`A Tree Grows in Brooklyn,' from Betty Smith's poignant novel, is able to capture the essence of the author's words not only because of its trenchant
writing, but because of three remarkable, beautifully-realized performances. Peggy Ann Garner offers one of the most astonishing child performances ever, finding the very spirit of this 12-year-old child going on 21. Blessed with one of the most expressive faces witnessed on camera, her eyes are sheer poetry and alone speak volumes as Francie, a young girl devoted to her ailing, debilitating father and brutally distant from an unnurturing mother she partially blames. It is such a complete performance. Her steadfast growth in this film is beautiful to observe as she begins to spread her branches and assume her rightful place in life sooner than expected. Garner is simply unforgettable.
James Dunn, as Jimmy Nolan, leaves an indelible impression as the amiably charming ne'er-do-well, a solitary dreamer who has frittered his life away, as well as his family's money. Despite the cruelties of his actions, your heart aches for this man. His touching scenes with daughter Francie reveal his innate goodness and its heart-wrenching to watch him dissolve before your very eyes. Even a treasured bond with his idolizing daughter isn't enough for him to fight hard enough to forego the liquor bottle and regain his place at the head of the table. It is an unbearably sad decline, one that haunts you long after the picture is over. Both Dunn and little Peggy Ann would never find movie roles like these again, and earned well-deserved Oscars (Peggy actually copped a 'special juvenile' award) for their work here.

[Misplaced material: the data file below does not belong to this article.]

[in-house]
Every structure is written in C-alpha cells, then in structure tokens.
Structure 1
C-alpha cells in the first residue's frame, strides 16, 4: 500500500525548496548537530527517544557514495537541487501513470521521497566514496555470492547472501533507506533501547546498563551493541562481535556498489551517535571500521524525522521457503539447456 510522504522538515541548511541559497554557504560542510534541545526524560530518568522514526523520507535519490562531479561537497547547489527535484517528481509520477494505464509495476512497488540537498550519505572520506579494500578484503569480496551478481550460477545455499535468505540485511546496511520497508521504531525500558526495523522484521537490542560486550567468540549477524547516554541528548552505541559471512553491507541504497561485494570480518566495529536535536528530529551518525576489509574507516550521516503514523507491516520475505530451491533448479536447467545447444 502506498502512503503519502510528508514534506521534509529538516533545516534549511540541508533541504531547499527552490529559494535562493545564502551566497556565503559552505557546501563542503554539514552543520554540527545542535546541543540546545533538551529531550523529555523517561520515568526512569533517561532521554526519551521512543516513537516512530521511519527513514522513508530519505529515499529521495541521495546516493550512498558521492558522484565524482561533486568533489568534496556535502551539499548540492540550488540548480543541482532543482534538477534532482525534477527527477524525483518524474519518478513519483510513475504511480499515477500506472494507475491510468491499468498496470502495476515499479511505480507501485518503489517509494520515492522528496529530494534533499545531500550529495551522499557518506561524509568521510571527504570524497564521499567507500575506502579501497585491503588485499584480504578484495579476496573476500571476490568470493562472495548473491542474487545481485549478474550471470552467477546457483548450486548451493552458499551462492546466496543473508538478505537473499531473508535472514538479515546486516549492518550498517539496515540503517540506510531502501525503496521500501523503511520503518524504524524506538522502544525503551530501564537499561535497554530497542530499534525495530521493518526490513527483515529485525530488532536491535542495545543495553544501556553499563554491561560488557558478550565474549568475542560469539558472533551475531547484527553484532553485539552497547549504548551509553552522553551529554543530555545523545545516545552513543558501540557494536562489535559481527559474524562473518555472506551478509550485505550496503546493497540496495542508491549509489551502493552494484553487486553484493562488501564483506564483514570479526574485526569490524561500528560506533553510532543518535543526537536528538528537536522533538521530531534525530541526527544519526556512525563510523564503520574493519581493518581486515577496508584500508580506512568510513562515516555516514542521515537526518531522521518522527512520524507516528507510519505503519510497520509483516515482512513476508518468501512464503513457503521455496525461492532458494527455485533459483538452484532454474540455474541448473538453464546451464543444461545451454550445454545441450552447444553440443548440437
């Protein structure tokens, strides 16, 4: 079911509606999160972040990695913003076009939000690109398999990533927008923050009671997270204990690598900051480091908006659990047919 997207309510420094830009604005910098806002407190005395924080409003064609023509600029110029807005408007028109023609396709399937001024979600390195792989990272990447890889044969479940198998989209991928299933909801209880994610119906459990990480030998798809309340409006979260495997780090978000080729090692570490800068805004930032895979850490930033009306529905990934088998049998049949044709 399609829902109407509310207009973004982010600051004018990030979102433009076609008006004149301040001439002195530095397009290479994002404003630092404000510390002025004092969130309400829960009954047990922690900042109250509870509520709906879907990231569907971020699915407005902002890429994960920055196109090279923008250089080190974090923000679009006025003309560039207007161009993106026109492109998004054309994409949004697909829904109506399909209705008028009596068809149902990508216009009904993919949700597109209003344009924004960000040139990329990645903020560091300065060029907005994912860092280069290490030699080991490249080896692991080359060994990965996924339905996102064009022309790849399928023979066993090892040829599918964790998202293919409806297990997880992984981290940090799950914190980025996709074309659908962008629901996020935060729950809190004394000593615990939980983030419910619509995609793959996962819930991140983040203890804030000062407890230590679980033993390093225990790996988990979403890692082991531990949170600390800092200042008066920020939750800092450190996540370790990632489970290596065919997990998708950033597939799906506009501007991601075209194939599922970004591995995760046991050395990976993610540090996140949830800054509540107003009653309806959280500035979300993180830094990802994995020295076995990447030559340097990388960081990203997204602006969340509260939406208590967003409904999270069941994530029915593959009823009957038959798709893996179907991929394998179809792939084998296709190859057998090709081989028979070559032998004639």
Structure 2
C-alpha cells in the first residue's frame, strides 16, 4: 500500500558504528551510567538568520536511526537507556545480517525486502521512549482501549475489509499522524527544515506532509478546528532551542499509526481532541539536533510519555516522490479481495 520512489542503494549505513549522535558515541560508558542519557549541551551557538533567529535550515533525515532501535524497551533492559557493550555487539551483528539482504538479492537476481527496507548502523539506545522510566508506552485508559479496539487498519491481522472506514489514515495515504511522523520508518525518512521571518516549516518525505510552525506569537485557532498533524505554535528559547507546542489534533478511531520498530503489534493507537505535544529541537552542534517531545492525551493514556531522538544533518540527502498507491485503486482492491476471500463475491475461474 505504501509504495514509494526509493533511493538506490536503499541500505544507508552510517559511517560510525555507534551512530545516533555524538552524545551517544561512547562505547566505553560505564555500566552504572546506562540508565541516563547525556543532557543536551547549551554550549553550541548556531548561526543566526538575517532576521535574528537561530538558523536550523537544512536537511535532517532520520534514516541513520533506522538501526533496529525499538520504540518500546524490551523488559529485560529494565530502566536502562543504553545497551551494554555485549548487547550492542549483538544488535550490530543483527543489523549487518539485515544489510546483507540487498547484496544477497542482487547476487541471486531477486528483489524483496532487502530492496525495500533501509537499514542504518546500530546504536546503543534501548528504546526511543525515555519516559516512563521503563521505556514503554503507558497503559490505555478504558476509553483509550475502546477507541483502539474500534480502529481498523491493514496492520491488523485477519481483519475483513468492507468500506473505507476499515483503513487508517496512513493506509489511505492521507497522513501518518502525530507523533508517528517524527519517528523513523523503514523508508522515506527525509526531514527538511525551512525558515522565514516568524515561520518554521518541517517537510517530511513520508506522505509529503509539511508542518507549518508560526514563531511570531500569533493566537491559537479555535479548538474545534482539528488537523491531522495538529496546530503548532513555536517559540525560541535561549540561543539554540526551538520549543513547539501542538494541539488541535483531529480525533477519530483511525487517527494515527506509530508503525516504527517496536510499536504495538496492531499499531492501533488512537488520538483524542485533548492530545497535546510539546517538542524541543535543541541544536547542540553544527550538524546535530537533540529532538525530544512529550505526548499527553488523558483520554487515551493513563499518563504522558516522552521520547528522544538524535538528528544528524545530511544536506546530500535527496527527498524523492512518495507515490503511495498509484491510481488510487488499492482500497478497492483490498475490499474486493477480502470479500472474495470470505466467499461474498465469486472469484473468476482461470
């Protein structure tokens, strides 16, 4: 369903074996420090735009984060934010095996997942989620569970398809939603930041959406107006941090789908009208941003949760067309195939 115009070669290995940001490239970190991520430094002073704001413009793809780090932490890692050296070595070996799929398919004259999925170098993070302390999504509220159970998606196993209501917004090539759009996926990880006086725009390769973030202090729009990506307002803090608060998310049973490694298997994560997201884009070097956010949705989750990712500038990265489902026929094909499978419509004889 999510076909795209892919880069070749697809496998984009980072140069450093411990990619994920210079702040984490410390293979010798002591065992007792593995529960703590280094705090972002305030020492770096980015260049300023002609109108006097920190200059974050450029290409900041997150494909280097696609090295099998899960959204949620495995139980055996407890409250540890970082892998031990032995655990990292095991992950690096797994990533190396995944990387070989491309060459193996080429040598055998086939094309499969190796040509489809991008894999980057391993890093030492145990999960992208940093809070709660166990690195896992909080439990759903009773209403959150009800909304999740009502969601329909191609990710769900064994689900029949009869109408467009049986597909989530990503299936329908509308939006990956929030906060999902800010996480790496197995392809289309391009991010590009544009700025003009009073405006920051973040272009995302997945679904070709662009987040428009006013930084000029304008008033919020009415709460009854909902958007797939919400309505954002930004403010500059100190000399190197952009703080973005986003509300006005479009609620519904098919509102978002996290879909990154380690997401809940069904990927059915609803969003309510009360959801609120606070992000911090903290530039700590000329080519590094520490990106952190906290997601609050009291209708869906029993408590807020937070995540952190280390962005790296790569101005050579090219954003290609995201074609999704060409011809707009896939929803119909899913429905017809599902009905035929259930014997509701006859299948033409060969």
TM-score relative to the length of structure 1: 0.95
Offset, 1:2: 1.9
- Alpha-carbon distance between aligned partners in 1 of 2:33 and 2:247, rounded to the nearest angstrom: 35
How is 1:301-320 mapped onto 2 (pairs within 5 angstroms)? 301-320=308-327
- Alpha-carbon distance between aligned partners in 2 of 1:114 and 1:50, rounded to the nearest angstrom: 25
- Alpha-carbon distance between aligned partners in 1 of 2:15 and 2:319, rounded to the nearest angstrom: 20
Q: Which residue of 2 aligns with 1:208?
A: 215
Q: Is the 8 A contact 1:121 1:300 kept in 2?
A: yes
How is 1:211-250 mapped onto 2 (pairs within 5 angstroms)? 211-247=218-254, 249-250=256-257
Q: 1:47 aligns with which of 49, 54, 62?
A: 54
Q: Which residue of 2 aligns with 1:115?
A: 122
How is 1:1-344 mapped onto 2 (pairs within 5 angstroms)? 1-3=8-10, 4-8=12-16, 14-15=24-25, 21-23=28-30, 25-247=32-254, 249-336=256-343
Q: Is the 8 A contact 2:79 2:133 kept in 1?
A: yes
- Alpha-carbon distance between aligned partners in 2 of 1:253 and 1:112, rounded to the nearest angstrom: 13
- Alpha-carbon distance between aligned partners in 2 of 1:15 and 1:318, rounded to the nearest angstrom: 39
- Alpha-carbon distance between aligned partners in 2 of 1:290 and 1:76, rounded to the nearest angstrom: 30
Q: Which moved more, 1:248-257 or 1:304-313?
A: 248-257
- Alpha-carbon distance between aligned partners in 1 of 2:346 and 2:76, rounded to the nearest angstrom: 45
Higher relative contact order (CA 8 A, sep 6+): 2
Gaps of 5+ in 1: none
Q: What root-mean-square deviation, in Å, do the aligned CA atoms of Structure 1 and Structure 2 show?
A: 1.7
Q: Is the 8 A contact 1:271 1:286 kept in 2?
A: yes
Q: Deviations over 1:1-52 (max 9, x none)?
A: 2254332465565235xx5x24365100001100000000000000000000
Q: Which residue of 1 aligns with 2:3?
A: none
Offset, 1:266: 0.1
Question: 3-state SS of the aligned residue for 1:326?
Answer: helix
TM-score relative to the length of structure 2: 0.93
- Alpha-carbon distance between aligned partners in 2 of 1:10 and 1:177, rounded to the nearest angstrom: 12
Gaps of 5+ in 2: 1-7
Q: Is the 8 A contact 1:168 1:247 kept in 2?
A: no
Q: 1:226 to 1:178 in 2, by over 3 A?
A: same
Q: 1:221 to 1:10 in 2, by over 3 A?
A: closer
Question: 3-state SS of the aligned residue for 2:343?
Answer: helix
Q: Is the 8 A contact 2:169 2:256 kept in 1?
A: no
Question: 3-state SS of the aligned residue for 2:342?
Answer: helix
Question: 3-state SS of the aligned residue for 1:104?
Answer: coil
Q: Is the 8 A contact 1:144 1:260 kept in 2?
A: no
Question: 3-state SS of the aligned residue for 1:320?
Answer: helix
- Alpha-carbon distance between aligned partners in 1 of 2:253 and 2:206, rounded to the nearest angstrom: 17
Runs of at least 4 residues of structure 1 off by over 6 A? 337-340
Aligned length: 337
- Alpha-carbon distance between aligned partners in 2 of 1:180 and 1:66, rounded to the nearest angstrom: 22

In an exceptionally careful and astute performance, Dorothy McGuire plays the necessary heavy here, the taciturn, seemingly cold-hearted matriarch Katie Nolan, who is also this family's hope and salvation. Unable to trust her husband or afford him the time and patience he desperately needs, she has ultimately abandoned her love for him out of necessity, what with two children and a third on the way, and no viable means to support them. Ms. McGuire, in a career best performance, serves up a somber, beautifully restrained portrait of a flawed, modest, uneducated, somewhat ignoble woman handling life the only way she knows how, and expecting little in return. McGuire, who was only 27 at the time this was filmed, easily nixes any comments that she is too young for the part by displaying a strong, careworn maturity well beyond her years.
Joan Blondell, as only Joan Blondell can, puts some oomph in the drab and dreary proceedings as Katie's gregarious sister, Sissy, who juggles husbands in her ever search for the right man, and earns the scorn of the town in her reckless, law-breaking pursuit. Blondell manages to give the film a breath of fresh air everytime she appears, though her character's development is choppy in its transition. Her story, unfortunately, gets lost midway and never truly kicks back in. Little Ted Donaldson as younger brother Neeley contributes fine work also, but is another victim of the primary focus the film decides to takes -- Garner's Francie is rightfully the heart and soul of the piece and she is quite up to the task.
Despite being robbed of a best picture that year (I mean, really, "Anchors Aweigh" and "Mildred Pierce" were nominated over it??) and the fact that Ms. McGuire was overlooked completely, it is slowly earning the attention it deserves. It should be in the top "20" of anybody's movie lists. For me, this movie is most effective come the yuletide season. It is that touching and meaningful.
The 1974 TV-remake of "A Tree Grows in Brooklyn" starring Cliff Robertson and Diane Baker is a mere sapling compared to this giant oak of a film.